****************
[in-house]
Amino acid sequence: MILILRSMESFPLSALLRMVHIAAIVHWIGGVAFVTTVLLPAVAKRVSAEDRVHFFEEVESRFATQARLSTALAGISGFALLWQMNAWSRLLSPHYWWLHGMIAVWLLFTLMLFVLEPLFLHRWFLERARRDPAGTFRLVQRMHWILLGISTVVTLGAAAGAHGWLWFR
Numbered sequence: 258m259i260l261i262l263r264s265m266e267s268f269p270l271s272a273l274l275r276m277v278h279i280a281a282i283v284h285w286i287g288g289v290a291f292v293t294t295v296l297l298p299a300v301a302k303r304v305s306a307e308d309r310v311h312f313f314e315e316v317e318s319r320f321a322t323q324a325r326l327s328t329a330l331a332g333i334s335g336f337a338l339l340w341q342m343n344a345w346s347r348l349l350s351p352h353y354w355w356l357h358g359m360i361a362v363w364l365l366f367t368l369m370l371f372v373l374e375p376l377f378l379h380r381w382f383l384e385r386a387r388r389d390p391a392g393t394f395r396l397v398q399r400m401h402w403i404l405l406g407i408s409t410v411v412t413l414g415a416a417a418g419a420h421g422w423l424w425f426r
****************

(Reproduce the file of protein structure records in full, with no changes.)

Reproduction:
[in-house]
Amino acid sequence: MILILRSMESFPLSALLRMVHIAAIVHWIGGVAFVTTVLLPAVAKRVSAEDRVHFFEEVESRFATQARLSTALAGISGFALLWQMNAWSRLLSPHYWWLHGMIAVWLLFTLMLFVLEPLFLHRWFLERARRDPAGTFRLVQRMHWILLGISTVVTLGAAAGAHGWLWFR
Numbered sequence: 258m259i260l261i262l263r264s265m266e267s268f269p270l271s272a273l274l275r276m277v278h279i280a281a282i283v284h285w286i287g288g289v290a291f292v293t294t295v296l297l298p299a300v301a302k303r304v305s306a307e308d309r310v311h312f313f314e315e316v317e318s319r320f321a322t323q324a325r326l327s328t329a330l331a332g333i334s335g336f337a338l339l340w341q342m343n344a345w346s347r348l349l350s351p352h353y354w355w356l357h358g359m360i361a362v363w364l365l366f367t368l369m370l371f372v373l374e375p376l377f378l379h380r381w382f383l384e385r386a387r388r389d390p391a392g393t394f395r396l397v398q399r400m401h402w403i404l405l406g407i408s409t410v411v412t413l414g415a416a417a418g419a420h421g422w423l424w425f426r